If I say “ring” you might first think of Frodo. Or maybe Wagner if you’re an opera lover. But you’ll find neither Hobbits nor Valkyries at the ring-shaped Argonne National Laboratory just outside Chicago. What you will find is Art Institute conservation scientists, as we visited the Lab this month on a mission to bring Picasso to the ring.
Let me qualify that: we brought minuscule samples of Picasso paintings from the Art Institute to the Advanced Photon Source, the Western hemisphere’s brightest source of X-ray beams. At this top-notch facility, scientists rip electrons from atoms and make them spin furiously around the circumference of the experiment hall—which is large enough to encircle a baseball stadium. These enraged electrons (always charged with that negative attitude!) give off enormous amounts of energy, which the scientists can bend and direct to do wonderful things.
We used the energy from this process to penetrate every single grain of white pigment that Picasso used with nanometric resolution (that is, splitting human hair eighty thousand times to get down to a nanometer) in order to determine where it came from. Was it from a wrinkled tube from one of the artist’s storied houses, produced on the banks of the river Seine in chi-chi Paris? Or did it come from a drippy can of mass-market produced house paint? Could the paint possibly have been made in the U.S.? By looking at infinitesimal contaminants in these zinc oxide pigment particles we hope we will be able to answer these questions and advance our Picasso-related detective work.
Often conservators are surprised to find themselves in facilities such as these. But at Argonne, scientists riding around on tricycles (the facility’s favored mode of transportation) were probably just as surprised to find us. These scientists were encountering Picasso in unexpected places: posted in a note with our project title on our experimental station’s door and attached with a drop of nail polish (an ironic fate for a known womanizer!) on a small pin!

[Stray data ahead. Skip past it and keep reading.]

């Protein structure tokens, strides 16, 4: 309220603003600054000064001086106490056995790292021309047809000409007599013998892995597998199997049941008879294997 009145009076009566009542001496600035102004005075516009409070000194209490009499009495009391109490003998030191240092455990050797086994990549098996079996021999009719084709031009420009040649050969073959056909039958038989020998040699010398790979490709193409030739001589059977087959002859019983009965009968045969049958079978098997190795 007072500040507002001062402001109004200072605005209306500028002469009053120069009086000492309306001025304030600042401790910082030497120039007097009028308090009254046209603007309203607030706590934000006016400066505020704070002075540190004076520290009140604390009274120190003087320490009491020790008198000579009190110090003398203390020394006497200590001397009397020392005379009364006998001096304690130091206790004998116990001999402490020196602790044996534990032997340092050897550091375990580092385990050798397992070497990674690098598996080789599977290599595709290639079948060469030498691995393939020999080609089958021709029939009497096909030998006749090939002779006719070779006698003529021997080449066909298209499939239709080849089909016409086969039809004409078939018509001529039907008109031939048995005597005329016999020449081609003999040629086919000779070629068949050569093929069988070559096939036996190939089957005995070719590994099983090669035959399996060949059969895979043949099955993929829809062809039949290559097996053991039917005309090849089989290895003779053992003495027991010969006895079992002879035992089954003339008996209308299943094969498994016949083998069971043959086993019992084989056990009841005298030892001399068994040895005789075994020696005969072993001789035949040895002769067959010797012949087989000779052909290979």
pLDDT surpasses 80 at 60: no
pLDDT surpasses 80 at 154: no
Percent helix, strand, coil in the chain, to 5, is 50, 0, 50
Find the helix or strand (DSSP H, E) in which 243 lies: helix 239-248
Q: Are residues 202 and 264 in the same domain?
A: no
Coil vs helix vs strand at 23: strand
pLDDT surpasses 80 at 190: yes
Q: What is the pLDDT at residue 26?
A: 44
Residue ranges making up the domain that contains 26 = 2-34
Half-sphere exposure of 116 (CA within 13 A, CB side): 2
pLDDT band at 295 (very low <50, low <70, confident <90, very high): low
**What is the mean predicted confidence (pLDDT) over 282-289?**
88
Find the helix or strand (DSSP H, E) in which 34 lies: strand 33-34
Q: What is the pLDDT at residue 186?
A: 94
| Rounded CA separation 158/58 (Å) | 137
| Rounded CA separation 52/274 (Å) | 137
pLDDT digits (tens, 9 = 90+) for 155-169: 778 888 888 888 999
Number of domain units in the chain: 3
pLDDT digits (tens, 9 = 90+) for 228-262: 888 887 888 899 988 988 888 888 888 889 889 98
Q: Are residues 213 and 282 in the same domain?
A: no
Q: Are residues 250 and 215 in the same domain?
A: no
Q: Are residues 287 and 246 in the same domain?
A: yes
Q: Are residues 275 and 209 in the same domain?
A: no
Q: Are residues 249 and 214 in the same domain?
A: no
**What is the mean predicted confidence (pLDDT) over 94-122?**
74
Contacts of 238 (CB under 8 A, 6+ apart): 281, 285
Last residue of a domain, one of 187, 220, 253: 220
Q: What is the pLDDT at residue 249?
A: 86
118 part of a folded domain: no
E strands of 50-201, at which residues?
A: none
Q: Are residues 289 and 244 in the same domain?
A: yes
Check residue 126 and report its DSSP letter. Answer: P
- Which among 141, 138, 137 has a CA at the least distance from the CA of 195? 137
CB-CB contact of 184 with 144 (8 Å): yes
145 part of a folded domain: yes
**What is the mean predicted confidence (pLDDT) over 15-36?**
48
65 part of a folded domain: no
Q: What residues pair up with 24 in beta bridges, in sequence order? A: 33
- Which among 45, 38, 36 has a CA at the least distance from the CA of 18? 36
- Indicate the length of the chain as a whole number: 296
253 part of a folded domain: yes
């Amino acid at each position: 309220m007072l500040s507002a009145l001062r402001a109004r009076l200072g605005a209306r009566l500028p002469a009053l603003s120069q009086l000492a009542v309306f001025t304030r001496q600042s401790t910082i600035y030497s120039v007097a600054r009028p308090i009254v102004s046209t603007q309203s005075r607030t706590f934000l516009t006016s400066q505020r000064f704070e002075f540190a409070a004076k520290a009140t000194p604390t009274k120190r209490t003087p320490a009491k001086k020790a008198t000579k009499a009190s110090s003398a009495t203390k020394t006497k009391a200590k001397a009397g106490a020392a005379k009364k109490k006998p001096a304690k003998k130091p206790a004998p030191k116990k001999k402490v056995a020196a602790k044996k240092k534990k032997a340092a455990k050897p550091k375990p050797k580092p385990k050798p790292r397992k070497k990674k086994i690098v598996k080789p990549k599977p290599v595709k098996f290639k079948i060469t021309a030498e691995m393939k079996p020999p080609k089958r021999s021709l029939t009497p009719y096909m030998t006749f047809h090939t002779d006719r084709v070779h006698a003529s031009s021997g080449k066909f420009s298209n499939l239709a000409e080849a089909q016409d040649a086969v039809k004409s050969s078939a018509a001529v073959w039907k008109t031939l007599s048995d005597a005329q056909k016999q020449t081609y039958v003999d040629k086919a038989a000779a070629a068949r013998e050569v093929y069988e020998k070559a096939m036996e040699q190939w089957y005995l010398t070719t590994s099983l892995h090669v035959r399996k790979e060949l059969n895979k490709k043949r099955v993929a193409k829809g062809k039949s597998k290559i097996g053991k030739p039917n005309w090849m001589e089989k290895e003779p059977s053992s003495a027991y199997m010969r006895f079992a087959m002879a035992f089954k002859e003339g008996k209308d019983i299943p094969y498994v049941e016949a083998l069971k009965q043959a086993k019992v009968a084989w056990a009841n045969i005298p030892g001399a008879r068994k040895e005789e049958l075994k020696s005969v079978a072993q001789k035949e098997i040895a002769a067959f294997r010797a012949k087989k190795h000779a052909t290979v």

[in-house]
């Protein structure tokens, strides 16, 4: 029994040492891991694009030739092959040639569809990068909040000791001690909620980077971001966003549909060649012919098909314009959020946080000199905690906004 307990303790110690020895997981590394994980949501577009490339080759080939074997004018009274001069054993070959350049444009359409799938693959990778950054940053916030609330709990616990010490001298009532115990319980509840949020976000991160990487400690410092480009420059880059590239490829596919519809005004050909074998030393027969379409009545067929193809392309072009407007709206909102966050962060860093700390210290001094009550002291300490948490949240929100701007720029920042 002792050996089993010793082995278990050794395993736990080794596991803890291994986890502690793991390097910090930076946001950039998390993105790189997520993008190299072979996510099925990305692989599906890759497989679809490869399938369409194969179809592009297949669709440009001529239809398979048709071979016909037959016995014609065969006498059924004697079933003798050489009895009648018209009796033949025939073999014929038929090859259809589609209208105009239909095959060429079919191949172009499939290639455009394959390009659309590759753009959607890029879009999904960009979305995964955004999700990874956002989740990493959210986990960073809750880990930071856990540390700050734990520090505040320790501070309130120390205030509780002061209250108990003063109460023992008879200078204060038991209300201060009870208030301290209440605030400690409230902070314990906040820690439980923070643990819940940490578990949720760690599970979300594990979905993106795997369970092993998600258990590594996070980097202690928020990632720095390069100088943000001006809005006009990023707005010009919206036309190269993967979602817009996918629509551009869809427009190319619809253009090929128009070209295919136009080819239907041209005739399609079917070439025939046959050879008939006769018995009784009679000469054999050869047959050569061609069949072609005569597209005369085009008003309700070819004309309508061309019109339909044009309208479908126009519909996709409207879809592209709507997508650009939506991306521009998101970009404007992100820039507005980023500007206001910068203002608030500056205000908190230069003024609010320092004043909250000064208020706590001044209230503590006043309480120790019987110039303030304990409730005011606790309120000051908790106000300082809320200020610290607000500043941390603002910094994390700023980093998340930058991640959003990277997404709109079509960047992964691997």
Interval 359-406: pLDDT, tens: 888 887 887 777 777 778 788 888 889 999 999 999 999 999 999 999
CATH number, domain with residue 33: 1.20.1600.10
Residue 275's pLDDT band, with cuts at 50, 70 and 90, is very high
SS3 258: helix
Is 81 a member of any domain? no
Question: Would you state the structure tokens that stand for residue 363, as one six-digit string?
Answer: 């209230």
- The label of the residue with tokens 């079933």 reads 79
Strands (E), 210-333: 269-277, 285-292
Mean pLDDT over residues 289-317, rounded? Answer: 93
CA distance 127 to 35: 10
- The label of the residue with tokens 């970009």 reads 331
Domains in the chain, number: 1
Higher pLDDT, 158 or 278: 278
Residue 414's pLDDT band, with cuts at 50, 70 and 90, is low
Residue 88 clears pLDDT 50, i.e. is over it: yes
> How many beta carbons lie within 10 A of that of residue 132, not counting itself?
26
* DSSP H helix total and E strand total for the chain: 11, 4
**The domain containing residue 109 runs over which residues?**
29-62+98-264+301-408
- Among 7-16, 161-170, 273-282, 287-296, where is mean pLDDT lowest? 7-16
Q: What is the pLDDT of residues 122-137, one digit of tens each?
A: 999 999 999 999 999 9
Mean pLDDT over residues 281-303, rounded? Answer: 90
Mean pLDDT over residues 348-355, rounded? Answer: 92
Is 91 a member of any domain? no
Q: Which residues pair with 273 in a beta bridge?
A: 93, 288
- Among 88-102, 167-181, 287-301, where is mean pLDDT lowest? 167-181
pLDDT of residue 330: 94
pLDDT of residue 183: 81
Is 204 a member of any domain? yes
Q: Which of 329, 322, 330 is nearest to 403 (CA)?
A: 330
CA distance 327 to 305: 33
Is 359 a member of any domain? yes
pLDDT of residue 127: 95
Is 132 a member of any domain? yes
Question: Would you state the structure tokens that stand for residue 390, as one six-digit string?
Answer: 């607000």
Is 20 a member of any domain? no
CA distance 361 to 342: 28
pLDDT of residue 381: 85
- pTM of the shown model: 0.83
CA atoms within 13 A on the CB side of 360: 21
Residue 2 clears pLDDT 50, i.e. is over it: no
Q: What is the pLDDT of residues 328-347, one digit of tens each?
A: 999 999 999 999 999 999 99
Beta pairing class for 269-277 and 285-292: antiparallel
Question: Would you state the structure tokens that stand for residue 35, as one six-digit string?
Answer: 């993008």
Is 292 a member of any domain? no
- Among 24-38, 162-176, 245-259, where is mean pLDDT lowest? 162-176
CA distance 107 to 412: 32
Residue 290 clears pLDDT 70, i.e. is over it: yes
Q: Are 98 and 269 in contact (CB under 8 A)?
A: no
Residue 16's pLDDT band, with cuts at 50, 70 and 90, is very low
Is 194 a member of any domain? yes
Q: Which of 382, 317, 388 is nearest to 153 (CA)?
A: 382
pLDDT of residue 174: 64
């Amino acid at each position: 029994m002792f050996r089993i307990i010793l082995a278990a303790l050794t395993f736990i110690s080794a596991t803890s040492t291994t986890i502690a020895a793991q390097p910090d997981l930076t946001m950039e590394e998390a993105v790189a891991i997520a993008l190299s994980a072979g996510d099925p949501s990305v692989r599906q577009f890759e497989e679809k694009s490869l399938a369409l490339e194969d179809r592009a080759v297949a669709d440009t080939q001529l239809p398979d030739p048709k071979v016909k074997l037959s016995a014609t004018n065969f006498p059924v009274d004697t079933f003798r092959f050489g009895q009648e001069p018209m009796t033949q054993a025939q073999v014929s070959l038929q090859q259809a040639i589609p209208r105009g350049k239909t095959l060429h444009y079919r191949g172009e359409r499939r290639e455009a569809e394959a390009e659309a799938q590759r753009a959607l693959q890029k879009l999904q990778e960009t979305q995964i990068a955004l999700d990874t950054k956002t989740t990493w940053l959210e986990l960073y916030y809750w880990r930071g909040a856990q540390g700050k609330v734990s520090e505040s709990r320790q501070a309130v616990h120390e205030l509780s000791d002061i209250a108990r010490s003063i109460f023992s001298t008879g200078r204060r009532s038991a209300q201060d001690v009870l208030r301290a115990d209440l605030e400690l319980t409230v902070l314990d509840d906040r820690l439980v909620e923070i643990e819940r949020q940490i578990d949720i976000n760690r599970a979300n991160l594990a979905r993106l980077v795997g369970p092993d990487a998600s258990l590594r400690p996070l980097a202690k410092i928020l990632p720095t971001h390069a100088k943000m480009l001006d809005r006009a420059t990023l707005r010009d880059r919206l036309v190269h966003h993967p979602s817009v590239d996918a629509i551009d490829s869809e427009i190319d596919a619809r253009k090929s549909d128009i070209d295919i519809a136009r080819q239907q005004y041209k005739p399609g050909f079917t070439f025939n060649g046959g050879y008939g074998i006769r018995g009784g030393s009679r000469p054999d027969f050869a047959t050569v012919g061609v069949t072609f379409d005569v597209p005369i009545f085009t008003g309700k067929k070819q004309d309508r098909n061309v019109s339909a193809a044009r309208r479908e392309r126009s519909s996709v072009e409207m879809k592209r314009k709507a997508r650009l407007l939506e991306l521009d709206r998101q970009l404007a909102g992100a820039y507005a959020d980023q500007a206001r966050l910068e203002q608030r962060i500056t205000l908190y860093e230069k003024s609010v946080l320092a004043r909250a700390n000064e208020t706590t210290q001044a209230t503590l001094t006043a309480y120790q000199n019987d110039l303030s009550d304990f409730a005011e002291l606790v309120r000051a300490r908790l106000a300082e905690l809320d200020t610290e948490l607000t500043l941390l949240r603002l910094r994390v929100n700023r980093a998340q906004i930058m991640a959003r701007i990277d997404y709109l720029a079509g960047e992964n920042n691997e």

Outside, at night (yes, because when you are awarded time for an experiment, you work 24/7 for 5 days: science cannot wait), dragonflies sparkle amidst the grass in the calm, bucolic setting. Inside, it sparkles too…we are brimming with the excitement of discovery. And that is how Picasso, a trailblazer in both life and death, went nanotech at Argonne on a hot day in July 2011.
—Francesca C., Andrew W. Mellon Senior Conservation Scientist
Top image: The Advanced Photon source inside and out: the “ring” at Argonne National Laboratory (left) and one of the tricycles used to circulate around the 2/3 of a mile circumference (right)
Bottom image: Beamline scientist Volker Rose inside the control room. At right, tools of the trade, and our Picasso sample (try to spot the almost invisible white paint chip hanging in the circular hole!)
18 hours 14 min ago The Art Institute of Chicago "Be a good craftsman; it won't stop you being a genius.”
Advice from Pierre-Auguste Renoir, on his birthday.
See 13 paintings by the great French Impressionist—now on view: http://bit.ly/2lj3AVq
1 day 12 hours ago The Art Institute of Chicago NOW OPEN—Go
Speed is both a product of modern life and an agent of it. At the turn of the 20th century, new technologies of mobility and transmission—trains, cars, airplanes, radio, film, television, to name only a few—increased the pace of life, collapsing distances between people and places and assaulting the senses.
Go, the second exhibition in the Art Institute’s Modern Series, explores how artists responded to different ways of experiencing and seeing the world in the accelerated modern age—through paintings, sculpture, works on paper, photographs, designed objects, textiles, books, and films.
1 day 16 hours ago The Art Institute of Chicago Happy birthday to Winslow Homer. In 1883 the artist moved to a small coastal village in Maine, where he created a series of paintings of the sea unparalleled in American art. The paintings he created after 1882 focused almost exclusively on humankind’s age-old contest with nature.
In The Herring Net, Homer depicted the heroic efforts of fishermen at their daily work. While one fisherman hauls in the netted and glistening herring, the other unloads the catch. Utilizing the teamwork so necessary for survival, both strive to steady the precarious boat as it rides the incoming swells. Homer’s isolation of these two figures underscores the monumentality of their task: the elemental struggle against a sea that both nurtures and deprives.
See five paintings by Winslow Homer in Gallery 171 of American Art—http://bit.ly/2l89rfx